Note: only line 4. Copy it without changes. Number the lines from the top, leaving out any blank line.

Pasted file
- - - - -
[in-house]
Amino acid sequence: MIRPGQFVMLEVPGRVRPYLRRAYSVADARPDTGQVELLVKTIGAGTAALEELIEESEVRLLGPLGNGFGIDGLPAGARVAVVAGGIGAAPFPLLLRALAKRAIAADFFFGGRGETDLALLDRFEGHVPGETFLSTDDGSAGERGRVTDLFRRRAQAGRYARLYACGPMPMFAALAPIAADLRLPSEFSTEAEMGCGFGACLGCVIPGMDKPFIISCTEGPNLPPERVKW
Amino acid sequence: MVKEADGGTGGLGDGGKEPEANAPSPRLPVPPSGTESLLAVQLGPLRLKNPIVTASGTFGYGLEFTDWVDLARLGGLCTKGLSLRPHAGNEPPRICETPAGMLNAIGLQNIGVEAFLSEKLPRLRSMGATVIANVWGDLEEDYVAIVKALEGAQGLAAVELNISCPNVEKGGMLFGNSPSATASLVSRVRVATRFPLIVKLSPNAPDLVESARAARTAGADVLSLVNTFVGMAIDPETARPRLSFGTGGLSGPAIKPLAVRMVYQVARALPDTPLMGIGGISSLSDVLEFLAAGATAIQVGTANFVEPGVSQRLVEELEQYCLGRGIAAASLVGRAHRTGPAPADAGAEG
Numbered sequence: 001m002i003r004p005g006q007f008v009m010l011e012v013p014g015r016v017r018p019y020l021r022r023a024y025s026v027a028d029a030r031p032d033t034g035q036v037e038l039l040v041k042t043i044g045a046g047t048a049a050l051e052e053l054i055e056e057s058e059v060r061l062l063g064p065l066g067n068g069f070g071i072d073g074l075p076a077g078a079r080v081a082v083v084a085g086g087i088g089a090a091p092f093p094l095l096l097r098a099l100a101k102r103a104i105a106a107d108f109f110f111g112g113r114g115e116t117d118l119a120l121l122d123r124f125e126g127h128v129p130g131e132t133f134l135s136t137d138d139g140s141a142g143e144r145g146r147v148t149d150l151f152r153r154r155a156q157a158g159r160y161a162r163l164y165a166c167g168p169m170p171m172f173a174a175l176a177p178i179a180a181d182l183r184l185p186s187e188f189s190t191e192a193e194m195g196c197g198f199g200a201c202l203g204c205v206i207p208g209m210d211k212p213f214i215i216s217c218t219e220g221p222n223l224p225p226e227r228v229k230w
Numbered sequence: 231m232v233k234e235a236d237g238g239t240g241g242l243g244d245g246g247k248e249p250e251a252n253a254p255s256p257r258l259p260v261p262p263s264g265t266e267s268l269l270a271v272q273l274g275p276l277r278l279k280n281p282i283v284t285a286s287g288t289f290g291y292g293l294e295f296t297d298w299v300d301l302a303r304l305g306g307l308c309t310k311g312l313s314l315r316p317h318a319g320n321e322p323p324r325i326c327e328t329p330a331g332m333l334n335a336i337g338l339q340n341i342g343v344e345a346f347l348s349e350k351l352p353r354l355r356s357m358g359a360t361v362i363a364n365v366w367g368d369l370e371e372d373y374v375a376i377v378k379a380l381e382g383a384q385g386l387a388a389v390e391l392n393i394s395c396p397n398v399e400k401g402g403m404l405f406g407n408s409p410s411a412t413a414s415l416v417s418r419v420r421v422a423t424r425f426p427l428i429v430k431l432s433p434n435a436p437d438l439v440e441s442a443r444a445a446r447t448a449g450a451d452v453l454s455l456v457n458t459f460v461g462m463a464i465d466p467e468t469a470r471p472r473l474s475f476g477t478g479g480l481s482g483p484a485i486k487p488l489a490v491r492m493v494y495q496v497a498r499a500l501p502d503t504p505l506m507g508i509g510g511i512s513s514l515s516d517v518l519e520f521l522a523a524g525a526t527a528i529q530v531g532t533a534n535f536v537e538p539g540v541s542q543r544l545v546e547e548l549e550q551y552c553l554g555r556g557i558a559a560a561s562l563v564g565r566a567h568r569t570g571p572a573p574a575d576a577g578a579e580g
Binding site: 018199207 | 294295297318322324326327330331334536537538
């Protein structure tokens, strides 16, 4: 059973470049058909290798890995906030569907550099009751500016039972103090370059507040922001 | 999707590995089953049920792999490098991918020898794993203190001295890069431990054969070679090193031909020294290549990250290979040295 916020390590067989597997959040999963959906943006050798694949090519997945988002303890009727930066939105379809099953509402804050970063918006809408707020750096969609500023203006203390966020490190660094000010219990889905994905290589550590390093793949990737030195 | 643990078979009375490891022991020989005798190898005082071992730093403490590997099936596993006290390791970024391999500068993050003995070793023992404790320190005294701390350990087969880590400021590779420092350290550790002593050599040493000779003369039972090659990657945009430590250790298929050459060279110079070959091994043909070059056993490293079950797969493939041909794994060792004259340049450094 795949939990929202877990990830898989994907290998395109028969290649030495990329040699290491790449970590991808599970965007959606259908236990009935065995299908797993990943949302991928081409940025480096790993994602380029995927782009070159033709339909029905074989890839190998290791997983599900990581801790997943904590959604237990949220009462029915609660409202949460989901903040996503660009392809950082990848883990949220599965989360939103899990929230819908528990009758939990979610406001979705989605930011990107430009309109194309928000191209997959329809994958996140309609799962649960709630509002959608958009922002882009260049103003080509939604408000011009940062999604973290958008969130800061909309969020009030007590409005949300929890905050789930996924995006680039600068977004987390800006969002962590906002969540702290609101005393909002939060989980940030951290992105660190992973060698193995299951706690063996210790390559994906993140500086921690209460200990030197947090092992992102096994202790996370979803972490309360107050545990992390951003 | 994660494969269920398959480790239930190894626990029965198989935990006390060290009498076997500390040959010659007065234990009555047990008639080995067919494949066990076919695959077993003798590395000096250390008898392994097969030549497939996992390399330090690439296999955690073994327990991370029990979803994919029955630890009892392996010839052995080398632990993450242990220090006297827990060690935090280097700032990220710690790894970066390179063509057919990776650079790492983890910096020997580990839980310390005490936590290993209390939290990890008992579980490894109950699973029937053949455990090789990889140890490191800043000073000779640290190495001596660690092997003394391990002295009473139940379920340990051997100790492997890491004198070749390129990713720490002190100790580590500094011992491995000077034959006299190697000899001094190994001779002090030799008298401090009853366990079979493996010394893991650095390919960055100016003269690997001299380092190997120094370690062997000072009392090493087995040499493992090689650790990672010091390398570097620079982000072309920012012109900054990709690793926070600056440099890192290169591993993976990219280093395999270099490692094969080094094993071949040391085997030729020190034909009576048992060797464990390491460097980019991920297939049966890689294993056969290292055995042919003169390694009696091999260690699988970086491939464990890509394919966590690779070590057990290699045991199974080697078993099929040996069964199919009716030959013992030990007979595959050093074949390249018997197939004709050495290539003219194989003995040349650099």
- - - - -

Numbered sequence: 001m002i003r004p005g006q007f008v009m010l011e012v013p014g015r016v017r018p019y020l021r022r023a024y025s026v027a028d029a030r031p032d033t034g035q036v037e038l039l040v041k042t043i044g045a046g047t048a049a050l051e052e053l054i055e056e057s058e059v060r061l062l063g064p065l066g067n068g069f070g071i072d073g074l075p076a077g078a079r080v081a082v083v084a085g086g087i088g089a090a091p092f093p094l095l096l097r098a099l100a101k102r103a104i105a106a107d108f109f110f111g112g113r114g115e116t117d118l119a120l121l122d123r124f125e126g127h128v129p130g131e132t133f134l135s136t137d138d139g140s141a142g143e144r145g146r147v148t149d150l151f152r153r154r155a156q157a158g159r160y161a162r163l164y165a166c167g168p169m170p171m172f173a174a175l176a177p178i179a180a181d182l183r184l185p186s187e188f189s190t191e192a193e194m195g196c197g198f199g200a201c202l203g204c205v206i207p208g209m210d211k212p213f214i215i216s217c218t219e220g221p222n223l224p225p226e227r228v229k230w